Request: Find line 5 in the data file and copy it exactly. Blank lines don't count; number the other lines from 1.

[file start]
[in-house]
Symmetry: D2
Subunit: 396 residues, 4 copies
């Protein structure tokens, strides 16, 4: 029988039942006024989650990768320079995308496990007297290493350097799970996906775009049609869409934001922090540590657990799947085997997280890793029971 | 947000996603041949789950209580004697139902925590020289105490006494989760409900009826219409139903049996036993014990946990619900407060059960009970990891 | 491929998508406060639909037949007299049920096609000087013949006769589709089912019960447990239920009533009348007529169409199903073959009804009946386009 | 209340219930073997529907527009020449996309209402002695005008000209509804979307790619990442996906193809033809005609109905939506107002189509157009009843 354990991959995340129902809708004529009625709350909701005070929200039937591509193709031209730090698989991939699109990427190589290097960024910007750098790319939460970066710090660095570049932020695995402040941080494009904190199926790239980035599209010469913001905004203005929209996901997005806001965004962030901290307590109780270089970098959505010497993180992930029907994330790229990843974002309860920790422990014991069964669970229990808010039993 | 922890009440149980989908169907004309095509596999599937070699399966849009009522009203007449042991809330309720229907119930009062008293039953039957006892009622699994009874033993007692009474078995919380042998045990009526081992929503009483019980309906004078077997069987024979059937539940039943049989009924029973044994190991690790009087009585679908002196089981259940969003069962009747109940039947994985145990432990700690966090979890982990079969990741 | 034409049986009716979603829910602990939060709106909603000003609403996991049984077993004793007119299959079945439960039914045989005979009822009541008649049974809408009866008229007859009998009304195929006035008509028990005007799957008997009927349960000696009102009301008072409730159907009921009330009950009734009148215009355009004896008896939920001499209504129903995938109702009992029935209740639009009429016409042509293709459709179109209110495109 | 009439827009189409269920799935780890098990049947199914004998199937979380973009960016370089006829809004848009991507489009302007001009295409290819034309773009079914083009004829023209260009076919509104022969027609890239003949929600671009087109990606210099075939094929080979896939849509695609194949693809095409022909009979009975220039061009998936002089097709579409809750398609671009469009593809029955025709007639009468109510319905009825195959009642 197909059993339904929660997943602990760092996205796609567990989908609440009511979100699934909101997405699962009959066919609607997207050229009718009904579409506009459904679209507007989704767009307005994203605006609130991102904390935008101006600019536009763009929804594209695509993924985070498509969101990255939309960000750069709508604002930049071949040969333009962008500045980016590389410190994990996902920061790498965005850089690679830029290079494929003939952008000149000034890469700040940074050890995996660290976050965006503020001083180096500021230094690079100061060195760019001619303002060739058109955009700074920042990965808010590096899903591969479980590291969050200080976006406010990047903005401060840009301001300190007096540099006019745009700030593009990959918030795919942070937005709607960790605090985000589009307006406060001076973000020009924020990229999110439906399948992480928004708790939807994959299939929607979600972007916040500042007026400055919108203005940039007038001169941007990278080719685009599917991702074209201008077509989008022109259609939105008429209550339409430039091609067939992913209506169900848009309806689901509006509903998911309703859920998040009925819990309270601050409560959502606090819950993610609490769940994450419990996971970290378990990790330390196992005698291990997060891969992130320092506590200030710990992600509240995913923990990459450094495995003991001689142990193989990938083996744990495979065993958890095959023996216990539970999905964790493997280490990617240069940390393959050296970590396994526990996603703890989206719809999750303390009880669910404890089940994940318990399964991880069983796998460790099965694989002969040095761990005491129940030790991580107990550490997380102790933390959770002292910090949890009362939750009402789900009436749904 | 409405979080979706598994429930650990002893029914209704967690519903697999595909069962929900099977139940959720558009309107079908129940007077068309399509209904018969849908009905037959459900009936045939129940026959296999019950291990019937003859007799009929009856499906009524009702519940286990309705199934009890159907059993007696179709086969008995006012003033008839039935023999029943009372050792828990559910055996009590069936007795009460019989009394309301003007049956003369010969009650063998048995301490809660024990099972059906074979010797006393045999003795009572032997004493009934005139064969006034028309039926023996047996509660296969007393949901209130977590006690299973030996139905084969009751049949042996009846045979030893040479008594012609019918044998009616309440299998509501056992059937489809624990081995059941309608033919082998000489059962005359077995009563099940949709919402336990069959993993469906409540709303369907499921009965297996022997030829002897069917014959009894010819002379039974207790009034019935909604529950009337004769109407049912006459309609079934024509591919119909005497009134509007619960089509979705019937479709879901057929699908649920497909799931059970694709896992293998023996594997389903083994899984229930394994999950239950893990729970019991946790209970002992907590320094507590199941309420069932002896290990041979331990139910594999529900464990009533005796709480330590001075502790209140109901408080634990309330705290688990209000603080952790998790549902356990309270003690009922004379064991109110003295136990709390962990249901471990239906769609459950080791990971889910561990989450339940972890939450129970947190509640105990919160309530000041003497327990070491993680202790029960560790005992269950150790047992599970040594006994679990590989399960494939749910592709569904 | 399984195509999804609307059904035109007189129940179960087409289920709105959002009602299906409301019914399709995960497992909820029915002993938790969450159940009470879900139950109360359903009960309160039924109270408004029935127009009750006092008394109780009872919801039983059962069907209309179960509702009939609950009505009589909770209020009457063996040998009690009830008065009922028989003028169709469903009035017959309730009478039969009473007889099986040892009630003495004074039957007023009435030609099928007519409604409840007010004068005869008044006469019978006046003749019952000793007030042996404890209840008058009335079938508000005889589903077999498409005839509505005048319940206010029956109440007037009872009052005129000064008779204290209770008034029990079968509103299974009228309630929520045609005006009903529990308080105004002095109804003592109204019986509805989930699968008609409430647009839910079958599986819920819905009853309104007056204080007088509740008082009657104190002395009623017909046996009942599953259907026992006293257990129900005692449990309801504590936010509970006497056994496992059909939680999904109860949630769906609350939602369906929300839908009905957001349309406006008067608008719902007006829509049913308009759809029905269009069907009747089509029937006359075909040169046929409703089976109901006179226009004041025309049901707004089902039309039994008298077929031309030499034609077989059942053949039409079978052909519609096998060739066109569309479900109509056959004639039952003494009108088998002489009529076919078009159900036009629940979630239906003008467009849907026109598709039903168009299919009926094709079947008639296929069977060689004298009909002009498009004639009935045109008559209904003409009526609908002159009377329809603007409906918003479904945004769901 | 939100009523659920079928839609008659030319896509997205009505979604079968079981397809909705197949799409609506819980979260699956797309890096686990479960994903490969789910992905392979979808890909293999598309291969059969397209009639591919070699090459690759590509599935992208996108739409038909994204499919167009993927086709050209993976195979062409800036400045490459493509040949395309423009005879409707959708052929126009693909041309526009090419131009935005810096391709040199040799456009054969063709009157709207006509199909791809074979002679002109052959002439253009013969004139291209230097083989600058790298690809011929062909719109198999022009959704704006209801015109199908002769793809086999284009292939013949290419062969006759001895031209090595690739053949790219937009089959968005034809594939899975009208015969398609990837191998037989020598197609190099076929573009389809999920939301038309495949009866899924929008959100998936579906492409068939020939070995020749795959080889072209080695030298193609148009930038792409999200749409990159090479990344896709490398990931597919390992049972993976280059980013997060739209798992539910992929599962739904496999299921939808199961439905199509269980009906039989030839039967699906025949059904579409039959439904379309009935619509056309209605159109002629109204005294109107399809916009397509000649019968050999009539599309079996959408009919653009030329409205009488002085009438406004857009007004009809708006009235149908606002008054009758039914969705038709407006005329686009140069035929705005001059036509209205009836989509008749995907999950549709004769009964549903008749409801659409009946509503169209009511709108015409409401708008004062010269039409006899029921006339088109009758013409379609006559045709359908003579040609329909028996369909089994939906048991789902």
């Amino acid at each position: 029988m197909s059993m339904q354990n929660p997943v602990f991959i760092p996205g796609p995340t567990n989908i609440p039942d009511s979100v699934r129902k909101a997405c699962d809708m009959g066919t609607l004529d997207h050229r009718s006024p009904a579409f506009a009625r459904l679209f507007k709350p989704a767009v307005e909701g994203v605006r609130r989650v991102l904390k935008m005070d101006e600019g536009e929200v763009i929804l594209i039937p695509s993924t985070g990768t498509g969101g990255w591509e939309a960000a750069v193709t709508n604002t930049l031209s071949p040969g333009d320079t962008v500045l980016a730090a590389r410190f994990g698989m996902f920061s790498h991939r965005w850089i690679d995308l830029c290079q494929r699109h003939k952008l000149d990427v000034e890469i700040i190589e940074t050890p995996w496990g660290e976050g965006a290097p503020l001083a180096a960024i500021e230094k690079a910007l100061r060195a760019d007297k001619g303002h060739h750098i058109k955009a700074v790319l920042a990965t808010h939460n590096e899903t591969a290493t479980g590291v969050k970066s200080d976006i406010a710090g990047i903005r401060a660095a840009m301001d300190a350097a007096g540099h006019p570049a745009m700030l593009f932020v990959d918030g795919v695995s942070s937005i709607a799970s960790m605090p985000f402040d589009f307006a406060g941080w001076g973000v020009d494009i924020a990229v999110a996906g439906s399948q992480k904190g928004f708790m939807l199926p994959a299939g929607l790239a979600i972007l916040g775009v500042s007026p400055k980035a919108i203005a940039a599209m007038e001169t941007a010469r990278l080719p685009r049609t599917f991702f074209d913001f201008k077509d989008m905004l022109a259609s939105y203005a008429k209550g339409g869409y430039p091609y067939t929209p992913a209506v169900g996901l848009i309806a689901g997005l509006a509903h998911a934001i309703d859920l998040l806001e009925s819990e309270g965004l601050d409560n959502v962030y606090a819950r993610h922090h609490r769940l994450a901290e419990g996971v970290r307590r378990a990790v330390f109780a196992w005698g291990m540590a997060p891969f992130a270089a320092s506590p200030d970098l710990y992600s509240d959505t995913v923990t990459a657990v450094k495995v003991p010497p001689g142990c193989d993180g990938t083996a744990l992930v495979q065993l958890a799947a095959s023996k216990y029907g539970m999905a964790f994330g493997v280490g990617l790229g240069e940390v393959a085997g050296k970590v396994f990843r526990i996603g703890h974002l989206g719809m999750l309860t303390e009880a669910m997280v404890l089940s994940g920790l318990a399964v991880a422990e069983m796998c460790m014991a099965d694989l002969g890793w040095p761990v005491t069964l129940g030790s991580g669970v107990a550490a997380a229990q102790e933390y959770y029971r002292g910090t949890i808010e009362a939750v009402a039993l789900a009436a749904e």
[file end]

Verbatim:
């Amino acid at each position: 029988m197909s059993m339904q354990n929660p997943v602990f991959i760092p996205g796609p995340t567990n989908i609440p039942d009511s979100v699934r129902k909101a997405c699962d809708m009959g066919t609607l004529d997207h050229r009718s006024p009904a579409f506009a009625r459904l679209f507007k709350p989704a767009v307005e909701g994203v605006r609130r989650v991102l904390k935008m005070d101006e600019g536009e929200v763009i929804l594209i039937p695509s993924t985070g990768t498509g969101g990255w591509e939309a960000a750069v193709t709508n604002t930049l031209s071949p040969g333009d320079t962008v500045l980016a730090a590389r410190f994990g698989m996902f920061s790498h991939r965005w850089i690679d995308l830029c290079q494929r699109h003939k952008l000149d990427v000034e890469i700040i190589e940074t050890p995996w496990g660290e976050g965006a290097p503020l001083a180096a960024i500021e230094k690079a910007l100061r060195a760019d007297k001619g303002h060739h750098i058109k955009a700074v790319l920042a990965t808010h939460n590096e899903t591969a290493t479980g590291v969050k970066s200080d976006i406010a710090g990047i903005r401060a660095a840009m301001d300190a350097a007096g540099h006019p570049a745009m700030l593009f932020v990959d918030g795919v695995s942070s937005i709607a799970s960790m605090p985000f402040d589009f307006a406060g941080w001076g973000v020009d494009i924020a990229v999110a996906g439906s399948q992480k904190g928004f708790m939807l199926p994959a299939g929607l790239a979600i972007l916040g775009v500042s007026p400055k980035a919108i203005a940039a599209m007038e001169t941007a010469r990278l080719p685009r049609t599917f991702f074209d913001f201008k077509d989008m905004l022109a259609s939105y203005a008429k209550g339409g869409y430039p091609y067939t929209p992913a209506v169900g996901l848009i309806a689901g997005l509006a509903h998911a934001i309703d859920l998040l806001e009925s819990e309270g965004l601050d409560n959502v962030y606090a819950r993610h922090h609490r769940l994450a901290e419990g996971v970290r307590r378990a990790v330390f109780a196992w005698g291990m540590a997060p891969f992130a270089a320092s506590p200030d970098l710990y992600s509240d959505t995913v923990t990459a657990v450094k495995v003991p010497p001689g142990c193989d993180g990938t083996a744990l992930v495979q065993l958890a799947a095959s023996k216990y029907g539970m999905a964790f994330g493997v280490g990617l790229g240069e940390v393959a085997g050296k970590v396994f990843r526990i996603g703890h974002l989206g719809m999750l309860t303390e009880a669910m997280v404890l089940s994940g920790l318990a399964v991880a422990e069983m796998c460790m014991a099965d694989l002969g890793w040095p761990v005491t069964l129940g030790s991580g669970v107990a550490a997380a229990q102790e933390y959770y029971r002292g910090t949890i808010e009362a939750v009402a039993l789900a009436a749904e």